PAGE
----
In his first interview since being suspended as anchor of “NBC Nightly News,” Brian Williams told Matt Lauer on NBC’s “Today” show Friday that the past five months have been “torture.”
Although he acknowledged that he “told stories that were wrong,” and even admitted he “said things that weren’t true,” in a somewhat labored exchange he firmly resisted admitting that he lied.
“Did you know when you went on the ‘Nightly News’ that you were telling a story that was not true?” Lauer pressed.
“No. It came from a bad place. It came from a sloppy choice of words,” Williams said. “I told stories that were not true … I never intended to … It got mixed up it got turned around in my mind.”
Williams was suspended when it emerged that he had erroneously claimed being aboard a chopper that had been shot down in Iraq.
“But was it conscious, Brian?” Lauer asked. “Did you know it was not true?”
“I was not trying to mislead people,” Williams said. “That, to me, is a huge difference here.”
When Lauer raised concern that viewers may interpret Williams’ apology and most recent commentary on the situation as more of the same excuses he has made in the past, making it hard for them to consider Williams anything but a liar, the anchor said he understands “why people would say that.”
Lauer asked if Williams felt that a half-hearted apology, delivered several days after the controversial chopper claims, would have been better received if the then-anchor had acknowledged that he lied. “Did you give thought at the time to going on the air and saying, ‘I lied?’”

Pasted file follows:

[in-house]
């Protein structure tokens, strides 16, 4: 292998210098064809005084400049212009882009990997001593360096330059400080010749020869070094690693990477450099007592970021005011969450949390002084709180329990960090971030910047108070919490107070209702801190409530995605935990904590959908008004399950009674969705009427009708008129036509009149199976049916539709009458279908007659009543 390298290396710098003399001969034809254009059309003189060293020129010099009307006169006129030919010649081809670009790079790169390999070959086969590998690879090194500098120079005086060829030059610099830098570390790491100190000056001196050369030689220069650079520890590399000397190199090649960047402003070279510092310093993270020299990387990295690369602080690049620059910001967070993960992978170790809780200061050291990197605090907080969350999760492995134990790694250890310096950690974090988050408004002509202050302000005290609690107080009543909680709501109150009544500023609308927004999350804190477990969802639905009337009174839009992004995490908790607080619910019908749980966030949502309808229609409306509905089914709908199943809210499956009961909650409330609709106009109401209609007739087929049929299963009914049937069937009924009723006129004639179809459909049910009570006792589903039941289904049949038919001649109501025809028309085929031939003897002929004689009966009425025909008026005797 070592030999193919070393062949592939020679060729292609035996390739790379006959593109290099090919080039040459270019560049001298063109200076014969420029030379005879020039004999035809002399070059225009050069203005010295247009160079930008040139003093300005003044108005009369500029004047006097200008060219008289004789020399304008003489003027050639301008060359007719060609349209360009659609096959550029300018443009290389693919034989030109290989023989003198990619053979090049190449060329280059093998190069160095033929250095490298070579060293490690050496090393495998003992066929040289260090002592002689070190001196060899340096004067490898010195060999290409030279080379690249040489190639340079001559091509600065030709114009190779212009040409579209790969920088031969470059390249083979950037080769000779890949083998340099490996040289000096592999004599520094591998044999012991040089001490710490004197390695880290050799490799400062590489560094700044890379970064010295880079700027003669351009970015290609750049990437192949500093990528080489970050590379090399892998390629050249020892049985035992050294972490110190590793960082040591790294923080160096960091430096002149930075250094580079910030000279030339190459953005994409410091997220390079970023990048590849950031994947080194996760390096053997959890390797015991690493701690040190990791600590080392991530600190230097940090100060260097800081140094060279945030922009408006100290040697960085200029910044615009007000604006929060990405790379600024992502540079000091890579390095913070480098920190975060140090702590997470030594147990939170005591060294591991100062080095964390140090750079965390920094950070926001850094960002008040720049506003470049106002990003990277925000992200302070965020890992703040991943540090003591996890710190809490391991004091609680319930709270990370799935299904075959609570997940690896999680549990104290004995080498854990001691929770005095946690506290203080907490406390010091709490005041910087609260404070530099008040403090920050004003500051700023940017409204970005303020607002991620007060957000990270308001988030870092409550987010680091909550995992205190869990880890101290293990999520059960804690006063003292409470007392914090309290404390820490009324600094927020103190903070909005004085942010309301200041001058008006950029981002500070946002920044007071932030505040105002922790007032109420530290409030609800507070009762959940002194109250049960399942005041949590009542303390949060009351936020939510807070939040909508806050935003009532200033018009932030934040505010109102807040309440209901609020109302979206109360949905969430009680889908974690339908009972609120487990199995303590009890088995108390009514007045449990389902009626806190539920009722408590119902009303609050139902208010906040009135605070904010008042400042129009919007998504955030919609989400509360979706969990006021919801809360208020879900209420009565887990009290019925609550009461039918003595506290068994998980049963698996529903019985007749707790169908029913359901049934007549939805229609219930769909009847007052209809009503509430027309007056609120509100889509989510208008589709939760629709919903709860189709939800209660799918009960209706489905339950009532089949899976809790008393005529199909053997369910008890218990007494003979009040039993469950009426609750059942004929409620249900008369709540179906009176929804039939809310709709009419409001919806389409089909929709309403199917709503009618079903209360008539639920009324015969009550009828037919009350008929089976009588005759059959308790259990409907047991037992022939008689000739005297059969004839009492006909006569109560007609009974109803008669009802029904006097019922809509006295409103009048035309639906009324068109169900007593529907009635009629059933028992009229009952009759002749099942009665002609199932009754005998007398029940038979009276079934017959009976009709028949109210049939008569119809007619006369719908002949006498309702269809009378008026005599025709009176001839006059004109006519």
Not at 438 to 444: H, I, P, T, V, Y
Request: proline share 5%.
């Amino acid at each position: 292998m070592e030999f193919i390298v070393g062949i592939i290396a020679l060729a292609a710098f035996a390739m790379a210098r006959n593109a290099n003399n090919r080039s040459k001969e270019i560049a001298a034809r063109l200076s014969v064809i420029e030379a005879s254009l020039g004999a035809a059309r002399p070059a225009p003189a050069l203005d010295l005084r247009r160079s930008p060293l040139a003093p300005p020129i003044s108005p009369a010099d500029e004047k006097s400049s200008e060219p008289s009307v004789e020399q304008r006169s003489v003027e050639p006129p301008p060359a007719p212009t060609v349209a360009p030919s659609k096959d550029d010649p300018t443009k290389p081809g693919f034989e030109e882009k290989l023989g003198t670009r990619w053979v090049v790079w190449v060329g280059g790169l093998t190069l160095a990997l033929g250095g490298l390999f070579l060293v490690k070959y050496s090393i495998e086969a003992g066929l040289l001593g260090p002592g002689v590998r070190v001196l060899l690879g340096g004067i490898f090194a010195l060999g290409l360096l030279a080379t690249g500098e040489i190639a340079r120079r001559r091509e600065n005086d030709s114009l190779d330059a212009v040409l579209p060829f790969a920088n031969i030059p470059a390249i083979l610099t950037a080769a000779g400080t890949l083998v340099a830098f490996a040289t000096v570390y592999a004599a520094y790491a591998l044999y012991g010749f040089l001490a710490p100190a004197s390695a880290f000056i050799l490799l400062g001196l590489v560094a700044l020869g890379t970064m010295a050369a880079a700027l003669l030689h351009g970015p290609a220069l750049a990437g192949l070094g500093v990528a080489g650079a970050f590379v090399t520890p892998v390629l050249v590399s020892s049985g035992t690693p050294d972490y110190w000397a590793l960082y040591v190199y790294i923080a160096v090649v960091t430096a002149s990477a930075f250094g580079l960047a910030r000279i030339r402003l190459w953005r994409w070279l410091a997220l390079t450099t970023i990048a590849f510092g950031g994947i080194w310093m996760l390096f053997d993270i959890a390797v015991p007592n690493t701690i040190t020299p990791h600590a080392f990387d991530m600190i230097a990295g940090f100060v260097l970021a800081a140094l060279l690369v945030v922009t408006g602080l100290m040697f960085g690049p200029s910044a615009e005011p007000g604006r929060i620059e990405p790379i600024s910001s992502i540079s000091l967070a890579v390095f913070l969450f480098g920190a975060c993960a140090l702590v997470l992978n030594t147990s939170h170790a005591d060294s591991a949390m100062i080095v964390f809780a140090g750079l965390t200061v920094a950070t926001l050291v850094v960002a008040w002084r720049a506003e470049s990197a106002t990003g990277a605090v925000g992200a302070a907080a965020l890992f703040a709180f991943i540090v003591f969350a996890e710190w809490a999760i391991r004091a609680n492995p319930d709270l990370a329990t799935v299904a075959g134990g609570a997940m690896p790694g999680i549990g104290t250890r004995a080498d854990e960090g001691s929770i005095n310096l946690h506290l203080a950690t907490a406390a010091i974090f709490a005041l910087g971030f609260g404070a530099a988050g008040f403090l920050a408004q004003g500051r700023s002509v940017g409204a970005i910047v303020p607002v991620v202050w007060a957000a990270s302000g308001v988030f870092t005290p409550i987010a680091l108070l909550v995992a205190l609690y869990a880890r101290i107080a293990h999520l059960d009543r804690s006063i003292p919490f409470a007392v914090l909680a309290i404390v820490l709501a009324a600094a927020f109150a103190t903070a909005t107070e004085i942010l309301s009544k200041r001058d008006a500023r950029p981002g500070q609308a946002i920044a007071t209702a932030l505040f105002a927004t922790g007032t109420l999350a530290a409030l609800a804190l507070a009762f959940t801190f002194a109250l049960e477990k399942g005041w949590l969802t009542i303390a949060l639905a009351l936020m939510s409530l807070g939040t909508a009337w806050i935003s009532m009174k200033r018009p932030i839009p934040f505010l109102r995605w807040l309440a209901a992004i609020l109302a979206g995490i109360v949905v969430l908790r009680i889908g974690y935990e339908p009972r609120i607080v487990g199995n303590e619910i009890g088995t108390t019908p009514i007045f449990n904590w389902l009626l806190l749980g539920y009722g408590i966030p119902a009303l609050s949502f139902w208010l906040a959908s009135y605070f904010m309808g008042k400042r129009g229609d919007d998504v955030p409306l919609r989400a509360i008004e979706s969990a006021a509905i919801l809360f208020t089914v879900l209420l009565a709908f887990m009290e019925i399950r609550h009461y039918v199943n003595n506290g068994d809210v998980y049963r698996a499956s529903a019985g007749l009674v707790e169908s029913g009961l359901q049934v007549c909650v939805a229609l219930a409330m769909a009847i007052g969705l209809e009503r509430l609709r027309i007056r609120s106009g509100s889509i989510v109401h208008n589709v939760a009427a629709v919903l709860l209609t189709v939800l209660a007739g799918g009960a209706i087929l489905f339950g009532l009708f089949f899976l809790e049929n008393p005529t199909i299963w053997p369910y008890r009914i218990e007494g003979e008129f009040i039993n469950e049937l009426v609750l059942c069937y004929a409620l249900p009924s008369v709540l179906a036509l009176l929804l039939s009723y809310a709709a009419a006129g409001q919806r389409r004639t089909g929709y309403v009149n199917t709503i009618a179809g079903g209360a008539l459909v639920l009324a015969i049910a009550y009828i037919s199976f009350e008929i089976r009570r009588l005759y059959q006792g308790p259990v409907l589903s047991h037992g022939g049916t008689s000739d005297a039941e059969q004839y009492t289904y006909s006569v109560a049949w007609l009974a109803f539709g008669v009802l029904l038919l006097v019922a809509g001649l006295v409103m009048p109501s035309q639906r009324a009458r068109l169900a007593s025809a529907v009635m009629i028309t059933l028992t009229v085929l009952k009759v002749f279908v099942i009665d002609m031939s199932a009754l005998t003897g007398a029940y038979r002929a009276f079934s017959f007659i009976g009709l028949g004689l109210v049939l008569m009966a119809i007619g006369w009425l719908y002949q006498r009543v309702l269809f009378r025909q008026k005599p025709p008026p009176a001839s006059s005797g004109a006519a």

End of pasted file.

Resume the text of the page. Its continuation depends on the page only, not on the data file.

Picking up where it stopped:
“I know why people would see it that way. It’s not what happened. What happened is the fault of a whole host of other things. What happened is clearly the fault of my ego getting the better of me,” Williams responded.
“It had to have been ego that made me think I had to be sharper, funnier, quicker than anybody else,” he added.
On Thursday, NBC announced that Williams would be replaced as permanent anchor by Lester Holt, who has been filling in during Williams’ absence. Meanwhile, Williams will take on other responsibilities at MSNBC.
Lauer, clearly sensitive to criticism that an NBC in-house interview might be less than probing, said that he and Williams had both agreed that no conditions or guidelines would be placed on this interview.
Williams said of his suspension: “Looking back, it has been absolutely necessary … I have been listening to and watching what amounts to the black box recordings from my career. I’ve gone back through everything — basically 20 years of public utterances.”
“This has been fixed and dealt with by me,” he added. “There will be new rules of the road.”